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Wednesday, 24 September 2008
Page: 8441

Mr FARMER (3:24 PM) —Mr Speaker, in advance, can I apologise for my voice. My question is to the Minister for Youth and Minister for Sport. Minister, I refer to the tragic incident that unfolded in Finland yesterday where, it is reported, a gunman shot and killed 10 of his fellow students and then turned the gun on himself. More chilling is the fact that he had allegedly posted warnings of this on the internet just previously. Minister, as the Minister for Youth, what action have you taken to ensure that the parents of Australian children have confidence that instant communication tools like the internet and mobile phones are being used appropriately and not for cyberbullying, social grandstanding and virtual menace?

Ms KATE ELLIS (Minister for Youth and Minister for Sport) —Thank you very much to the member for his question. I am upset that you had to move back there to be able to get a question up! But it is a very serious issue, and I would like to answer this, because I think that what this parliament needs is to be spending more time talking about issues affecting Australian young people. That is one of the reasons why this government recreated the portfolio of the Minister for Youth after the previous government abolished it. And it is one of the reasons why we have been working very hard to set in place programs to make sure that we can look at the impacts of a whole range of different issues on young people in Australia.

In regard to the particular issue that you brought up about communications, obviously the minister for communications has a very important role, also, in monitoring these issues, because we know that it is not only young people who are using the internet or who are the victims, sadly, of cyberbullying and a number of other issues. But what we are doing is working right across government to make sure that we can see that every portfolio is tackling how that particular area is impacting on young people. In fact—though I would not like to pre-empt the announcement—tomorrow we will be having some more to say about the creation of the Office for Youth.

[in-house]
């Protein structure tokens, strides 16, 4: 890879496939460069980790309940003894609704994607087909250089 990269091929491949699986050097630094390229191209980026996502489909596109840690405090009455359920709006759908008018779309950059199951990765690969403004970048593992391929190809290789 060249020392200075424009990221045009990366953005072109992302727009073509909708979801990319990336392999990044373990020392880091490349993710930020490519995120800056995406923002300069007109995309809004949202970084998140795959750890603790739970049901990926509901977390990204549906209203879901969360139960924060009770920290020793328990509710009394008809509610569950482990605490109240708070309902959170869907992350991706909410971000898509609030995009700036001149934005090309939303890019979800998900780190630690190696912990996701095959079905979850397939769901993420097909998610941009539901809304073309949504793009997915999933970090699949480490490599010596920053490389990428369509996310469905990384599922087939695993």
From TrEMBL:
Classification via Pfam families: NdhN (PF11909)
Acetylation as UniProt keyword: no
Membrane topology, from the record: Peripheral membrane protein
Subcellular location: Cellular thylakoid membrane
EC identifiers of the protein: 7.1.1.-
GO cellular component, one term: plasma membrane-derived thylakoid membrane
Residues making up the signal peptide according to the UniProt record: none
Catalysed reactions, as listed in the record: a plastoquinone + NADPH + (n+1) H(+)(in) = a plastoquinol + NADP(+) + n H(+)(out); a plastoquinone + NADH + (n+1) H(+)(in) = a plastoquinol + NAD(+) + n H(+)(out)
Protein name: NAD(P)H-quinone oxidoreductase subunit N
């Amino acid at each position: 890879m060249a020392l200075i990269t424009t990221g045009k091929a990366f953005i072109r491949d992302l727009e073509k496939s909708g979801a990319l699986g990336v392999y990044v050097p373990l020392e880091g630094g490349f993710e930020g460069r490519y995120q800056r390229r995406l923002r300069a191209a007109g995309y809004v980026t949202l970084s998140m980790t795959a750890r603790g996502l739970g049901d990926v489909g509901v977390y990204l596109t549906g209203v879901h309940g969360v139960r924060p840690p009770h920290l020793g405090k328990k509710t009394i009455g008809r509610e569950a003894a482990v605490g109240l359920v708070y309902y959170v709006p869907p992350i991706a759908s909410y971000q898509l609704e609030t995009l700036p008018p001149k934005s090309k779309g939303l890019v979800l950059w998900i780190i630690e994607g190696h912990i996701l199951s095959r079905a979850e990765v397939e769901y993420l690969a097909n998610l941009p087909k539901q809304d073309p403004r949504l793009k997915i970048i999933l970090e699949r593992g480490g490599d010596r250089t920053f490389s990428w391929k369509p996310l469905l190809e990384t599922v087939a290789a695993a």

As I mentioned earlier, the previous government abolished the position of minister for youth. They also de-funded many of the operating programs when it came to young people and cut back on the departmental resources to make sure that young people were getting a fair go from the government. What we will be announcing tomorrow is the creation of the Office for Youth. Their role will be to look across government—whether it be the health department, the communications department or the education department—to make sure that we can see, right across government, all the programs that are being put in place for young people—

Opposition members interjecting—

Ms KATE ELLIS —I realise that the opposition do not want to hear about what we are doing for young people—so much so that, when we had the last round of estimates, do you know how many questions were asked about young people? Not one. The opposition could not bother turning up to estimates and asking one question about young people. We have got a question; I am trying to answer it, and I am trying to outline the fact that this government—

Mr Schultz interjecting

The SPEAKER —Order! The member for Hume! The minister has the call.